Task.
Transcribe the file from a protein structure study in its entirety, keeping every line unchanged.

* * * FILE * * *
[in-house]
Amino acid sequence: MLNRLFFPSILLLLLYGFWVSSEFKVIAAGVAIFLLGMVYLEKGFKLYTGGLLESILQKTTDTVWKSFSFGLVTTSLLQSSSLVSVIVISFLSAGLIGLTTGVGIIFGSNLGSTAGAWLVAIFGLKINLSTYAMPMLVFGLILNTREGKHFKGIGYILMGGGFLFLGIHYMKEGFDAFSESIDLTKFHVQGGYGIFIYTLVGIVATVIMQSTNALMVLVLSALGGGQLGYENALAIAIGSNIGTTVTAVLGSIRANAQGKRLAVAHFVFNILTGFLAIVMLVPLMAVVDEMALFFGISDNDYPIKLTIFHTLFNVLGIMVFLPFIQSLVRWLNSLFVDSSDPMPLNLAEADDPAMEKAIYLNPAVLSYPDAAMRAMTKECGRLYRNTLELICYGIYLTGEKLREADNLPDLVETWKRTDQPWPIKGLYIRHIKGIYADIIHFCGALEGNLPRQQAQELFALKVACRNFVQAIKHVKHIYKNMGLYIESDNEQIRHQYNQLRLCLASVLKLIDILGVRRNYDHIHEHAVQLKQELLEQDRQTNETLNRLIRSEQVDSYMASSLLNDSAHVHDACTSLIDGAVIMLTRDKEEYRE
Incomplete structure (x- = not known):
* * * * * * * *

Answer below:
[in-house]
Amino acid sequence: MLNRLFFPSILLLLLYGFWVSSEFKVIAAGVAIFLLGMVYLEKGFKLYTGGLLESILQKTTDTVWKSFSFGLVTTSLLQSSSLVSVIVISFLSAGLIGLTTGVGIIFGSNLGSTAGAWLVAIFGLKINLSTYAMPMLVFGLILNTREGKHFKGIGYILMGGGFLFLGIHYMKEGFDAFSESIDLTKFHVQGGYGIFIYTLVGIVATVIMQSTNALMVLVLSALGGGQLGYENALAIAIGSNIGTTVTAVLGSIRANAQGKRLAVAHFVFNILTGFLAIVMLVPLMAVVDEMALFFGISDNDYPIKLTIFHTLFNVLGIMVFLPFIQSLVRWLNSLFVDSSDPMPLNLAEADDPAMEKAIYLNPAVLSYPDAAMRAMTKECGRLYRNTLELICYGIYLTGEKLREADNLPDLVETWKRTDQPWPIKGLYIRHIKGIYADIIHFCGALEGNLPRQQAQELFALKVACRNFVQAIKHVKHIYKNMGLYIESDNEQIRHQYNQLRLCLASVLKLIDILGVRRNYDHIHEHAVQLKQELLEQDRQTNETLNRLIRSEQVDSYMASSLLNDSAHVHDACTSLIDGAVIMLTRDKEEYRE
Incomplete structure (x- = not known):